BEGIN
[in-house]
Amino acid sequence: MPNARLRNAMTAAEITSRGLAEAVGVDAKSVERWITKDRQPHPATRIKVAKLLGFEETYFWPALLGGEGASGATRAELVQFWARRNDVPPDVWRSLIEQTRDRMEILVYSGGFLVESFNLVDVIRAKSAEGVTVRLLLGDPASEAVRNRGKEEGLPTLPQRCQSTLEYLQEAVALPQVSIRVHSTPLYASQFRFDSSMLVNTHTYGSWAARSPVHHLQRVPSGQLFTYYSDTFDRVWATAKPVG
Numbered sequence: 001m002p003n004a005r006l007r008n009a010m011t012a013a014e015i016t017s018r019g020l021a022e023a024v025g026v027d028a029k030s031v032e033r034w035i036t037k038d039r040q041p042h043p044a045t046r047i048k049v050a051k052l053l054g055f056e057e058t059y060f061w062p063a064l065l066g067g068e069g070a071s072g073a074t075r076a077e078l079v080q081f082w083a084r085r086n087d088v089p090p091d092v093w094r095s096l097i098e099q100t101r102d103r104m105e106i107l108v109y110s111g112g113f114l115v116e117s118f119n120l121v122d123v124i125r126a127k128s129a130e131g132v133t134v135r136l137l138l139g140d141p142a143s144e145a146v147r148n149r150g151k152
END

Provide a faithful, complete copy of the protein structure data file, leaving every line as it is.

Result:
[in-house]
Amino acid sequence: MPNARLRNAMTAAEITSRGLAEAVGVDAKSVERWITKDRQPHPATRIKVAKLLGFEETYFWPALLGGEGASGATRAELVQFWARRNDVPPDVWRSLIEQTRDRMEILVYSGGFLVESFNLVDVIRAKSAEGVTVRLLLGDPASEAVRNRGKEEGLPTLPQRCQSTLEYLQEAVALPQVSIRVHSTPLYASQFRFDSSMLVNTHTYGSWAARSPVHHLQRVPSGQLFTYYSDTFDRVWATAKPVG
Numbered sequence: 001m002p003n004a005r006l007r008n009a010m011t012a013a014e015i016t017s018r019g020l021a022e023a024v025g026v027d028a029k030s031v032e033r034w035i036t037k038d039r040q041p042h043p044a045t046r047i048k049v050a051k052l053l054g055f056e057e058t059y060f061w062p063a064l065l066g067g068e069g070a071s072g073a074t075r076a077e078l079v080q081f082w083a084r085r086n087d088v089p090p091d092v093w094r095s096l097i098e099q100t101r102d103r104m105e106i107l108v109y110s111g112g113f114l115v116e117s118f119n120l121v122d123v124i125r126a127k128s129a130e131g132v133t134v135r136l137l138l139g140d141p142a143s144e145a146v147r148n149r150g151k152